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You are here: Home > Online Articles > Introducing... the Roosevelt Innovation Academy



Introducing... the Roosevelt Innovation Academy

By Corey Topf


Schools around the world are rethinking education in the age of Google. We are trying eagerly to figure out how to make learning more relevant, more engaging, and far more personalized for all of our students. The American School of Lima, Peru is no exception.

We have spent more than a year researching best practices, studying progressive schools around the world, and attending conferences like Innovate 2013 in Sao Paulo, and the Association of American Schools in South America (AASSA) Educator’s Conference in Buenos Aires.

From everything we have learned, we have developed an exciting new program at our school that will empower our students to take control of their own learning.
Our Innovation Academy is a rigorous program for high school juniors and seniors that 1) fosters collaboration with people inside and outside of our school, 2) engages students in relevant, real-world projects, and 3) nurtures creativity, entrepreneurship, and innovation.

To make all of this work, we have had to rethink the fragmented nature of traditional high school classes. Rather than students taking six or seven separate courses, we are combining four of them on Mondays, Wednesdays and Thursdays. These subjects—English Honors, Advanced Media Literacy, Global Business Management, and the Innovative Independent Project—will not be taught in isolation. Students will do real projects for real audiences, and in the process learn about how media, language and business are intertwined.

We will learn about marketing by working with advertising companies here in Lima. We will learn about finance through microcredit lending. And at every step of the way, we will learn how vital media and language are to each project and to all aspects of our lives.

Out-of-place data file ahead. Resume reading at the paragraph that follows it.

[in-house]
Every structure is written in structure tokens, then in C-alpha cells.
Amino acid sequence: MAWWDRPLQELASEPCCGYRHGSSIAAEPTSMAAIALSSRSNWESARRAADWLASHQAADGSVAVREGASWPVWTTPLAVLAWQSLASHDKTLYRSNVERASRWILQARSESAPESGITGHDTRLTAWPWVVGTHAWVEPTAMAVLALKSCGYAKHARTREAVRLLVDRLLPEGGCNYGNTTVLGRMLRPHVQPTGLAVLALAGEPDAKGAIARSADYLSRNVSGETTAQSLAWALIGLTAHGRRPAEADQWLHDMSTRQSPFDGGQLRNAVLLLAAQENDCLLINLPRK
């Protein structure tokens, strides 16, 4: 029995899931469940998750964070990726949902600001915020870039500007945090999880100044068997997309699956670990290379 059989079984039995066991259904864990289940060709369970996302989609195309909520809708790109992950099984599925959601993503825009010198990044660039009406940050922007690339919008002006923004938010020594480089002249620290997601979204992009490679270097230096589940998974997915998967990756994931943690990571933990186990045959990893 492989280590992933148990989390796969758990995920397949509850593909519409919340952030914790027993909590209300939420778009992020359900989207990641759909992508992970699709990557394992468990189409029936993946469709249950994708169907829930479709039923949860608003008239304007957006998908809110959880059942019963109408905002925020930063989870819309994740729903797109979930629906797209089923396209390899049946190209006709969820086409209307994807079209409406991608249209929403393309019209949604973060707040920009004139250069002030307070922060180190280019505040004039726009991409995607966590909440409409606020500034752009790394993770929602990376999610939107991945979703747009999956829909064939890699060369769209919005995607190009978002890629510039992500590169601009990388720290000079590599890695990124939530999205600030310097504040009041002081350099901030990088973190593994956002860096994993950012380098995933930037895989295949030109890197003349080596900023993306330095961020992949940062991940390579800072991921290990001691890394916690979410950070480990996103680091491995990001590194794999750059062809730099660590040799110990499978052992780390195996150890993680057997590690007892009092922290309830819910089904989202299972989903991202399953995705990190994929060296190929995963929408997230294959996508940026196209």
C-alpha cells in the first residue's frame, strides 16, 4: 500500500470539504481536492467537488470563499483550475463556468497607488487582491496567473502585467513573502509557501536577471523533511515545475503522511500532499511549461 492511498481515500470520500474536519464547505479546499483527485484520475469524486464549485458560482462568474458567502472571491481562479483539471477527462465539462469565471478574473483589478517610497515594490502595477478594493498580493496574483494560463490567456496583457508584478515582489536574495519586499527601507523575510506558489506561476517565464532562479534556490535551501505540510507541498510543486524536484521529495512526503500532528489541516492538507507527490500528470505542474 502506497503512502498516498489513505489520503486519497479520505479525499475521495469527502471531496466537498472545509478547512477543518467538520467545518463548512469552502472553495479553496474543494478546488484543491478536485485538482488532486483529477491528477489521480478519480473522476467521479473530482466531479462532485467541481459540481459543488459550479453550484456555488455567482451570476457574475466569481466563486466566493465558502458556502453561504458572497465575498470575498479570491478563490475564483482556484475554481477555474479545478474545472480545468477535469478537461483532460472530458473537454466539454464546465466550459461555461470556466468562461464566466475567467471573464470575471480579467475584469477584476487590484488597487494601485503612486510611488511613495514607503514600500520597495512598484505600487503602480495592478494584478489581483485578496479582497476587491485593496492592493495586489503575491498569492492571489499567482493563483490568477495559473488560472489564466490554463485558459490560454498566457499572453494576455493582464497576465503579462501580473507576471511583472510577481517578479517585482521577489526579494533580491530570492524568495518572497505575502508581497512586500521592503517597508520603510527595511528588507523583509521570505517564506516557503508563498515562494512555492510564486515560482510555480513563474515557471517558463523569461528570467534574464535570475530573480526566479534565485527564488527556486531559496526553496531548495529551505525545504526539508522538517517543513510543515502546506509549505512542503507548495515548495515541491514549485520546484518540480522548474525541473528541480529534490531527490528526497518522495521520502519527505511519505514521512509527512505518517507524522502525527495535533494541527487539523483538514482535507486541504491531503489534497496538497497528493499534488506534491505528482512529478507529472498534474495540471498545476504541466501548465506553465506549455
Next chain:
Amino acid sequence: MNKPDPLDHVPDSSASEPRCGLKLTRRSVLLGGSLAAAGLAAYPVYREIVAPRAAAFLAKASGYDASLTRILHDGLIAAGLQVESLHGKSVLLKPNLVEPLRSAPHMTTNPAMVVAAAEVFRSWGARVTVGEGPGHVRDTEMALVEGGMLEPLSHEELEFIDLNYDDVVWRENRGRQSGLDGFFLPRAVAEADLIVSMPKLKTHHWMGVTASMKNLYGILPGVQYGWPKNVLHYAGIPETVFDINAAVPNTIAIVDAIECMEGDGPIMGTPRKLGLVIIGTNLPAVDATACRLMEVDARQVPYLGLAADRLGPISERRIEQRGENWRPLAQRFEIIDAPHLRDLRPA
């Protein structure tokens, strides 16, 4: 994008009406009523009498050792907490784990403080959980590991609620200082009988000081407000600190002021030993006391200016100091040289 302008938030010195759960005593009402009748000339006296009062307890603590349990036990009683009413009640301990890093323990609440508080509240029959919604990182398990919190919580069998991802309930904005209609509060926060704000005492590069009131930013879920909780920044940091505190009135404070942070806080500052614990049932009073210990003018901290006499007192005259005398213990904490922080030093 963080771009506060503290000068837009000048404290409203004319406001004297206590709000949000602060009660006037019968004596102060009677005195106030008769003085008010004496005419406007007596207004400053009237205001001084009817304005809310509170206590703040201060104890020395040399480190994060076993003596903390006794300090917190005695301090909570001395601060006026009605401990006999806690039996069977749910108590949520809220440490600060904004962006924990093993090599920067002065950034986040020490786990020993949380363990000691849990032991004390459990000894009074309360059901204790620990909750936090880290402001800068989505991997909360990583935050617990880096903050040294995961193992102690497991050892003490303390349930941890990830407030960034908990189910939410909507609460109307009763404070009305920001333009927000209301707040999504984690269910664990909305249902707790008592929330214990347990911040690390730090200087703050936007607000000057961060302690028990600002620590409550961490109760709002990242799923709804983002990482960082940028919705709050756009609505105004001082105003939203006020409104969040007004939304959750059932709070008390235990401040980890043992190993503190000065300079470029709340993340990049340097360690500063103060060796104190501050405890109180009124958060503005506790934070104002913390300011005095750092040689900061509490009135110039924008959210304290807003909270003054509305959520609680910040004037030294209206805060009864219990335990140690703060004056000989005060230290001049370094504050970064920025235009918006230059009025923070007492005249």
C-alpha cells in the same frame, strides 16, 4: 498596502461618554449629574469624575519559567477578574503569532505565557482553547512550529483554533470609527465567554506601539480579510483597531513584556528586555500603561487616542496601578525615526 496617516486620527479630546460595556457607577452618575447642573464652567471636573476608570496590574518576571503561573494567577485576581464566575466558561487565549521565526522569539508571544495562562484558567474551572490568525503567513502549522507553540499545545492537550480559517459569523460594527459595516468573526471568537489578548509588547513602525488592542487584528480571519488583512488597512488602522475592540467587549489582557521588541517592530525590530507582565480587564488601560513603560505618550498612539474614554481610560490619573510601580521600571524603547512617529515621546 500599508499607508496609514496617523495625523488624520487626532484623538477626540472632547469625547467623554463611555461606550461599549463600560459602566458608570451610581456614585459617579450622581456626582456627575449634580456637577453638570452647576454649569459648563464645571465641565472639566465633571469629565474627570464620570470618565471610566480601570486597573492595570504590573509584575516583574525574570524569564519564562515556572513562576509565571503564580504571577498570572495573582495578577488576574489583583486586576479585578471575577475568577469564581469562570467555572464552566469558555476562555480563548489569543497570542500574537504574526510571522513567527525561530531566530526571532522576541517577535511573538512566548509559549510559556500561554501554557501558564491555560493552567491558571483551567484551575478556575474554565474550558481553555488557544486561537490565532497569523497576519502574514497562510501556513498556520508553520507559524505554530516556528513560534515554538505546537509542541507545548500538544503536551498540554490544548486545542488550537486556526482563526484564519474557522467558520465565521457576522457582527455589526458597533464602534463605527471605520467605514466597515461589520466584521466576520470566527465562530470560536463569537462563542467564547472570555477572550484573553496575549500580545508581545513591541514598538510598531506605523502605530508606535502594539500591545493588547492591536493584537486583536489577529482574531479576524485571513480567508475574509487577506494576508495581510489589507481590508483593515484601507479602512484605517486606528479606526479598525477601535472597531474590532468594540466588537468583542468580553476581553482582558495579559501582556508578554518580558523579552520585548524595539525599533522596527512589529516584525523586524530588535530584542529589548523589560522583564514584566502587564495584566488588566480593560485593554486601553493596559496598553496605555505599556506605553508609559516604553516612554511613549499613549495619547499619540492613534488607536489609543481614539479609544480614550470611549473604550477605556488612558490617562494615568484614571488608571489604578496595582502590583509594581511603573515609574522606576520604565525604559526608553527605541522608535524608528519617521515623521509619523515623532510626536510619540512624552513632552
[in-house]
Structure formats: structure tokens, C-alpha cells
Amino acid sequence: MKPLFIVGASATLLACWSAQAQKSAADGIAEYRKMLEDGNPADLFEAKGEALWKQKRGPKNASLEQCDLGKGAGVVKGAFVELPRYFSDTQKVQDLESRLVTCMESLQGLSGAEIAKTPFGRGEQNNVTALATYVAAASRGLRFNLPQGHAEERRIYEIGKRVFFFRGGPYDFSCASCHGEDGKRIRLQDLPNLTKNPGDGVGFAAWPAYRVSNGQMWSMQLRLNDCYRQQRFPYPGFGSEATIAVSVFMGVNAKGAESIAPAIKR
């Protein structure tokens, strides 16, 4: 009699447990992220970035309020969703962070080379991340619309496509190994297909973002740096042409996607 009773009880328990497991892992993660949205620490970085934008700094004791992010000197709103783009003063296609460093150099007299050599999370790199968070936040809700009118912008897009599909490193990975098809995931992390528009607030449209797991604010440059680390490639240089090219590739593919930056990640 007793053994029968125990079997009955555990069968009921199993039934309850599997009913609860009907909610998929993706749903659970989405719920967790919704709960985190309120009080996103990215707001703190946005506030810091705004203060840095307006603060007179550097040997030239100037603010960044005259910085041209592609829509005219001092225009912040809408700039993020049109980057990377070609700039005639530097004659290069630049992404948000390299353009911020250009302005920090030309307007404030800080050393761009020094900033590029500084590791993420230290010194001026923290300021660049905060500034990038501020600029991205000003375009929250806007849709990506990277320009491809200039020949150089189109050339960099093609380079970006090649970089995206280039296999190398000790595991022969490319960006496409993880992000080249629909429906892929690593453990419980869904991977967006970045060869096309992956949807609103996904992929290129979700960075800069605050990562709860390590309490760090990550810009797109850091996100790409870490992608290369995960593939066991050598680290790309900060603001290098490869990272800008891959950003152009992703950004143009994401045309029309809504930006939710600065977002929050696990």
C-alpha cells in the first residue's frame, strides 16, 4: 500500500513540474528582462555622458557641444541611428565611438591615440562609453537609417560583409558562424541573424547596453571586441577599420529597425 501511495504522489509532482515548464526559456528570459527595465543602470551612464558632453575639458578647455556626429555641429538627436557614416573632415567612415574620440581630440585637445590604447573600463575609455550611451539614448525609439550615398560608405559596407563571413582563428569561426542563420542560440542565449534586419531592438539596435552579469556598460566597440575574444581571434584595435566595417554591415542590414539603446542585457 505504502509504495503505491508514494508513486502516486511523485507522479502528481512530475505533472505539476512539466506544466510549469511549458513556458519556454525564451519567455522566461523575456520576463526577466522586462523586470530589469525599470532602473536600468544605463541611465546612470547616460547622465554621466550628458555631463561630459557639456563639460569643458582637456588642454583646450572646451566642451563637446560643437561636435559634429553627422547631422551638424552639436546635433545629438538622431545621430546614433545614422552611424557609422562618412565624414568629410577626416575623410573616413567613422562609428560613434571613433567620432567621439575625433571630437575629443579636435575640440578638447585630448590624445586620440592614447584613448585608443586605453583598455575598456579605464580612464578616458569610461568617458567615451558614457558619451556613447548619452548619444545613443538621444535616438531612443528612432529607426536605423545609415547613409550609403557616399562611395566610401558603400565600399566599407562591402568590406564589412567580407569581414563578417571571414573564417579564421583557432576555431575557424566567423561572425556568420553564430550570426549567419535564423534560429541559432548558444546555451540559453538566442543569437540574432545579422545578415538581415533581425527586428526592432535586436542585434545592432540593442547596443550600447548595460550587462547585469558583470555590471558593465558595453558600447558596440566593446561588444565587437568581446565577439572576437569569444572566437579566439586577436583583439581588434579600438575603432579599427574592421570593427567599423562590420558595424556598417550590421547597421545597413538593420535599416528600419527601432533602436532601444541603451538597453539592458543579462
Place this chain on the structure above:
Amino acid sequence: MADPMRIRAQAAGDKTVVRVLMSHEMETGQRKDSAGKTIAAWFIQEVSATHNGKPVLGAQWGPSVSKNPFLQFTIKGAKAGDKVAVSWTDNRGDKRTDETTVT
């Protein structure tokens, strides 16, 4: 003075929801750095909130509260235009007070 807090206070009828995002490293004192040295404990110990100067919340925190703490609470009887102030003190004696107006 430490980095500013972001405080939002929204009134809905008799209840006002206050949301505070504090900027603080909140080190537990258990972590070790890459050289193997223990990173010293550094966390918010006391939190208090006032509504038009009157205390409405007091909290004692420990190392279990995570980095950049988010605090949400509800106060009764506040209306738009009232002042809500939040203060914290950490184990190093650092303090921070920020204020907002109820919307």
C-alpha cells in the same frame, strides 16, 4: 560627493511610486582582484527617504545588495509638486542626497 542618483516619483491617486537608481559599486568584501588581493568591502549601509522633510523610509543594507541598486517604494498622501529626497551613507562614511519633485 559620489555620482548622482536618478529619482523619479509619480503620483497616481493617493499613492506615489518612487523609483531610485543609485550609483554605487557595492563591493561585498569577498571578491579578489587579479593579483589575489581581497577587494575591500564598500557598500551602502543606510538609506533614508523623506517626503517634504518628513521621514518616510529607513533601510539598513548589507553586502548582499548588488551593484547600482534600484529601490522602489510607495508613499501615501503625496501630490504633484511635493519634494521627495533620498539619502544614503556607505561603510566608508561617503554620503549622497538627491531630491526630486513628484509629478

The academy will be facilitated by one teacher throughout the day, and the cohort of 14 students will remain the same as well. This will allow for continuous, formative feedback and foster genuine collaboration inside the classroom. It will also free us up to do internships with professionals around Lima, work with experts around the globe, and take online university courses as well.

After our first meeting last May, students immediately started reading business books on their own, tweeting about innovation in education, and even purchasing their own domain names through so they can build their online portfolios. One student has even started researching how to create logos, along with the impacts of certain colors, and has designing the logo for our academy—none of which is being done for a grade!

We are hoping to present at the AASSA conference in Sao Paulo to show how relevance motivates students far more than any exam or letter grade. And we have been contacted recently by several schools who are interested in setting up their own Innovation Academies in 2014.

Mr. Topf is Innovation Academy Coordinator; reach him at here, or visit

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